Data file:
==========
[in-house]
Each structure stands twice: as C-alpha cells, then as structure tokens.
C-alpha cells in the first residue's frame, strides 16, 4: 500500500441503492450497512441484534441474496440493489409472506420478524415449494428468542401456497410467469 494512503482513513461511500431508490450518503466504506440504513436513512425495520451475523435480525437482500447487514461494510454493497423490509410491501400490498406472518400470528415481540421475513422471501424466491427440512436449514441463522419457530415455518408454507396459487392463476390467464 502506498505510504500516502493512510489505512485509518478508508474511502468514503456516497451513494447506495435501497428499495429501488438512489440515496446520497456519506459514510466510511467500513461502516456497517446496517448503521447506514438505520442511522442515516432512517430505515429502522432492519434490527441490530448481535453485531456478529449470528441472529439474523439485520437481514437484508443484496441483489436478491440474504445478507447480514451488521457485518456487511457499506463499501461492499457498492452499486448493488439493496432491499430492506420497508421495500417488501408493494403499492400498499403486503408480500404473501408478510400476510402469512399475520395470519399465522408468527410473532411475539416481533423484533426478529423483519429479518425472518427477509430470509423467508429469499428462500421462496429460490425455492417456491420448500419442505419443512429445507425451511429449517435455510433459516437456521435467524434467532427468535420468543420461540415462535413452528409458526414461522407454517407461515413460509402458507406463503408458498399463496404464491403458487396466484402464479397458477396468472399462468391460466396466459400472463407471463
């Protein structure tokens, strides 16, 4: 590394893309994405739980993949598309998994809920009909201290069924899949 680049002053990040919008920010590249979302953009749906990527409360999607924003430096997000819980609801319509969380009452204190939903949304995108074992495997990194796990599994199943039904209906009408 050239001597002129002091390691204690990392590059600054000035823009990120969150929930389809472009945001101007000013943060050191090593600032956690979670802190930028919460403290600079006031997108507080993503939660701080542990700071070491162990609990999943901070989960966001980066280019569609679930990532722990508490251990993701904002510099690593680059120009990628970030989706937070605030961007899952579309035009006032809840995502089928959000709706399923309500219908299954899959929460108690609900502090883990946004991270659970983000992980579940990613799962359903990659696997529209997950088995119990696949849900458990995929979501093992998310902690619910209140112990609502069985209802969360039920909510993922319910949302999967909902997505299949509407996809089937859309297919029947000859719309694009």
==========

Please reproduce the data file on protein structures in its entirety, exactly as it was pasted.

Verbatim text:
[in-house]
Each structure stands twice: as C-alpha cells, then as structure tokens.
C-alpha cells in the first residue's frame, strides 16, 4: 500500500441503492450497512441484534441474496440493489409472506420478524415449494428468542401456497410467469 494512503482513513461511500431508490450518503466504506440504513436513512425495520451475523435480525437482500447487514461494510454493497423490509410491501400490498406472518400470528415481540421475513422471501424466491427440512436449514441463522419457530415455518408454507396459487392463476390467464 502506498505510504500516502493512510489505512485509518478508508474511502468514503456516497451513494447506495435501497428499495429501488438512489440515496446520497456519506459514510466510511467500513461502516456497517446496517448503521447506514438505520442511522442515516432512517430505515429502522432492519434490527441490530448481535453485531456478529449470528441472529439474523439485520437481514437484508443484496441483489436478491440474504445478507447480514451488521457485518456487511457499506463499501461492499457498492452499486448493488439493496432491499430492506420497508421495500417488501408493494403499492400498499403486503408480500404473501408478510400476510402469512399475520395470519399465522408468527410473532411475539416481533423484533426478529423483519429479518425472518427477509430470509423467508429469499428462500421462496429460490425455492417456491420448500419442505419443512429445507425451511429449517435455510433459516437456521435467524434467532427468535420468543420461540415462535413452528409458526414461522407454517407461515413460509402458507406463503408458498399463496404464491403458487396466484402464479397458477396468472399462468391460466396466459400472463407471463
């Protein structure tokens, strides 16, 4: 590394893309994405739980993949598309998994809920009909201290069924899949 680049002053990040919008920010590249979302953009749906990527409360999607924003430096997000819980609801319509969380009452204190939903949304995108074992495997990194796990599994199943039904209906009408 050239001597002129002091390691204690990392590059600054000035823009990120969150929930389809472009945001101007000013943060050191090593600032956690979670802190930028919460403290600079006031997108507080993503939660701080542990700071070491162990609990999943901070989960966001980066280019569609679930990532722990508490251990993701904002510099690593680059120009990628970030989706937070605030961007899952579309035009006032809840995502089928959000709706399923309500219908299954899959929460108690609900502090883990946004991270659970983000992980579940990613799962359903990659696997529209997950088995119990696949849900458990995929979501093992998310902690619910209140112990609502069985209802969360039920909510993922319910949302999967909902997505299949509407996809089937859309297919029947000859719309694009």